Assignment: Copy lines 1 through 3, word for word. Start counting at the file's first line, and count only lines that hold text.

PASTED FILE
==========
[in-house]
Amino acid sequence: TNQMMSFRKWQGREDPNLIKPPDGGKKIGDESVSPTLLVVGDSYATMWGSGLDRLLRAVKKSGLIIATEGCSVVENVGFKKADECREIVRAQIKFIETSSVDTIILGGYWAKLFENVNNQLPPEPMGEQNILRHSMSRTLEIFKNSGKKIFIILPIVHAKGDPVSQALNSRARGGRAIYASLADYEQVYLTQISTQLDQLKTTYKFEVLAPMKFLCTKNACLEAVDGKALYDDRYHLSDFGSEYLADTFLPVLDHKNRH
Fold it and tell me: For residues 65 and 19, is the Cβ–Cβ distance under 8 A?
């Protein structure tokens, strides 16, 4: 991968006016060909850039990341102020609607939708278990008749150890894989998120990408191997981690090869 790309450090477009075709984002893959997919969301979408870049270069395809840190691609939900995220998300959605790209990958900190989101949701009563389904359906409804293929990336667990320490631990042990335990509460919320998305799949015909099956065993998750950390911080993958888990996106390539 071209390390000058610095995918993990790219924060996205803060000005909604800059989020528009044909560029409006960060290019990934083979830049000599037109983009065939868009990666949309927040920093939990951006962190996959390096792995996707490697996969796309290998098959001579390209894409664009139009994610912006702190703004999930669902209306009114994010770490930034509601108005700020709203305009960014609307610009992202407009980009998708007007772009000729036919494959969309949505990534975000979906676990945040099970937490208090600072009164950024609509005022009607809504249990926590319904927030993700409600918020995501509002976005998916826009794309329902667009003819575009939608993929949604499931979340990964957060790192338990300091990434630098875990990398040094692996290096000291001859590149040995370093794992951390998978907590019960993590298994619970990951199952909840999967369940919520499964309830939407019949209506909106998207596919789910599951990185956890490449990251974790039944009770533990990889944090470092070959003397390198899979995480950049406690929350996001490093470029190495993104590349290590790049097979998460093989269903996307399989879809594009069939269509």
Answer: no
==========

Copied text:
[in-house]
Amino acid sequence: TNQMMSFRKWQGREDPNLIKPPDGGKKIGDESVSPTLLVVGDSYATMWGSGLDRLLRAVKKSGLIIATEGCSVVENVGFKKADECREIVRAQIKFIETSSVDTIILGGYWAKLFENVNNQLPPEPMGEQNILRHSMSRTLEIFKNSGKKIFIILPIVHAKGDPVSQALNSRARGGRAIYASLADYEQVYLTQISTQLDQLKTTYKFEVLAPMKFLCTKNACLEAVDGKALYDDRYHLSDFGSEYLADTFLPVLDHKNRH
Fold it and tell me: For residues 65 and 19, is the Cβ–Cβ distance under 8 A?